The standard founder quoted for Wicca is Gerald Gardner whose books still read well and defend a fairly feminist ideal of priestess authority in service to Goddess and God; but as so often this story privileges the male, because it was arguably Doreen Valiente (the 'Mother of the Craft') his early convert and priestess whose books became far more widespread and influential. It was certainly Valiente who critiqued Gardner when his anti-sexism fell into contradictions, such as a desire to retire older priestesses in favour of young pretty ones! Gardner's Craft was also learned from women, Old Betsy, and also the daughter of Annie Besant, which he freely acknowledged. It is also important to acknowledge how Western Paganism has roots going back through 19thC occultism and romantic nature movements to earlier transmissions from colonial sources, where the female sacred survived intact, or was less suppressed.

Perhaps the most influential priestess of all has been Starhawk, author of the international best seller "The Spiral Dance" 1979 (and a powerful list of works since) whose clarity, imagination, insight and love of political magic has done so much to spark the huge growth of Goddess spirituality. The book still stands as an unsurpassed classic. Starhawk is the most famous student of Zsuzsanna Budapest (Zee) who twinned witchcraft from her Hungarian background, with USA feminism, to birth the amazon tenderness of Dianic Craft (women only). Separatism (women living for short or longer periods without male contacts, was in the 80s a major analytic and inspirational source that renewed Wicca and brought Paganism into a more realistic recognition of Goddess and anti-sexism. Since women needed to learn independence separatism was and still can be, useful medicine, as well as a beautiful inspiration of lost wholeness. Separatism, in a world where gender misunderstanding is painfully plentiful, can seem dangerous as it is divisive, though it is most unlikely to become a dominant trend. Zee is still the honoured Mother of Dianic Craft, although as so often her strength of character means as many criticise her as love her, or do both.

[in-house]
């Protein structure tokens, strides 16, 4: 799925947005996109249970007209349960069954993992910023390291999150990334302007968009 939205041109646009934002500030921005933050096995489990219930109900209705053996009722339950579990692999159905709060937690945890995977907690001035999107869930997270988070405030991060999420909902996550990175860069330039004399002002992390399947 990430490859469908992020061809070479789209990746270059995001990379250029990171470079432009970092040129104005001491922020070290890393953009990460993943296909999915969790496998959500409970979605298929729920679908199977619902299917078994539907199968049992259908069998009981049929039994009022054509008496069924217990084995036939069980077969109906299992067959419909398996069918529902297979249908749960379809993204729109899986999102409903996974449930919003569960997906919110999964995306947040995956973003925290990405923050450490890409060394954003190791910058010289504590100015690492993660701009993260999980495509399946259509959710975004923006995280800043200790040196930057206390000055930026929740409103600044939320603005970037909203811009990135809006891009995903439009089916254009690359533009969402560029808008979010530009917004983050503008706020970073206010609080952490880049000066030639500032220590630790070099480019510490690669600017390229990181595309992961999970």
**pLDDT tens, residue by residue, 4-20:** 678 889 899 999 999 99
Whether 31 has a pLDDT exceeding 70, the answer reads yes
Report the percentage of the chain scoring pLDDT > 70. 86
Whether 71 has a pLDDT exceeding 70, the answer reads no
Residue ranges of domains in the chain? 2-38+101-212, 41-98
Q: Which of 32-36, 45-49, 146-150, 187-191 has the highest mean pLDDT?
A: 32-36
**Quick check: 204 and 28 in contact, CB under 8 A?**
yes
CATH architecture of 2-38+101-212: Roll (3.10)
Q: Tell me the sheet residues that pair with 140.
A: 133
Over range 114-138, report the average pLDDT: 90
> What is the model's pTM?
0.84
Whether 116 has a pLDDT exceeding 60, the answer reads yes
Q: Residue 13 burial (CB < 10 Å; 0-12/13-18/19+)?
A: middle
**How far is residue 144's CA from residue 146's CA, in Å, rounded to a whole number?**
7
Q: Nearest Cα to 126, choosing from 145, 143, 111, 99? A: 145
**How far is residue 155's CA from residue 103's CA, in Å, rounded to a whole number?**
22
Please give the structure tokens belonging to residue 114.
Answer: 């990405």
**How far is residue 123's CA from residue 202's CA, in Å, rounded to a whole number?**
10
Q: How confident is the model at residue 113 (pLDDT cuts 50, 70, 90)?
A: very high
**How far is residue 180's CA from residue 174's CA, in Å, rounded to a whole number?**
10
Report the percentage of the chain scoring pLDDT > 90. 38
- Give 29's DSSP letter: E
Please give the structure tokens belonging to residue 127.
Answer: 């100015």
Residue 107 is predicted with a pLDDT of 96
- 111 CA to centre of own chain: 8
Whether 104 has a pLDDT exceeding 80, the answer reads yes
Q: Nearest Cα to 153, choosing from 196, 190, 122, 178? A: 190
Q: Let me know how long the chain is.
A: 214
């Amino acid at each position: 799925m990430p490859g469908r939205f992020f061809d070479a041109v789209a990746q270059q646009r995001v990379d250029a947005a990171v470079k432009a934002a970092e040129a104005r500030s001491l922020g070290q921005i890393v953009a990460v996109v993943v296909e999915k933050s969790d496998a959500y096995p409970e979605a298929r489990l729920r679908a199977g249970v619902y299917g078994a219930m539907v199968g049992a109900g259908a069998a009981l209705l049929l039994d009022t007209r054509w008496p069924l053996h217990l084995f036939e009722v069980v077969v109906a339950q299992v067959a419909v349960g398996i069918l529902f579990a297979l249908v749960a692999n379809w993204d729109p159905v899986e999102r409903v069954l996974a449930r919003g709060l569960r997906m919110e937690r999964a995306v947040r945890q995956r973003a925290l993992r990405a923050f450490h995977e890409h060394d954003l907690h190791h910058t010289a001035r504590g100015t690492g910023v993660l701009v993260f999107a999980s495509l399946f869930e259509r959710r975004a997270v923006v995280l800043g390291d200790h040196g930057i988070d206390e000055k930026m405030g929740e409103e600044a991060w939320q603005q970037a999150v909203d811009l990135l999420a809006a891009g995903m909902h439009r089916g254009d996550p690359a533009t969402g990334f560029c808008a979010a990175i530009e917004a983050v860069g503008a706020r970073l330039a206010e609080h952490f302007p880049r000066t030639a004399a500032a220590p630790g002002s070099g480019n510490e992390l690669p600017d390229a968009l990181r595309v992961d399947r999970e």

Starhawk's Paganism drew on the polarity of Wicca, and magically blended this mystical embrace of women and men, with the searing critique of Dianic separatism, in the context of an exploding women's movement internationally. She stands as a prophetess, an expert ritualist, and later a thealogian, whose work spans both Pagan and non-Pagan Goddess cultures in a seamless whole, looking especially to include separatist, straight/ gay, women, men, and most recently children, in a utopian agenda of hope across many societies.


Notes on terms:

  • In the USA Wiccan and Neopagan are roughly similar in meaning but in Britain, where the movement began, Wiccan is clearly distinct as one type of Neopagan.
  • Many academics favour the neologism 'Neopagan' which most Pagans detest, pointing out that it is obvious that modern forms of a faith are not the same as historical or prehistoric forms. We do not for example speak of Neotantra or Neobuddhism.
  • Goddess and Pagan devotees do not usually use the term "worship" as this implies an acutely hierarchical dialogue between deity and human, with the human in a very humble mode. To indicate the self assertion and dynamic interaction between divine and human (or as some would say, two kinds of divine) terms like "veneration" are preferred.

Mother Earth

There has been strong recent association of the Goddess with Mother Earth (or Mother Nature[?]), and with the Moon. These metaphors are very popular to the point of being assumed as dogma, but some Pagans are affectionately critical of them. Many cultures do not figure the Moon as female, (Celts/ Egyptians) although the popular Western model certainly lent itself to phallic imagery at the Moon landings.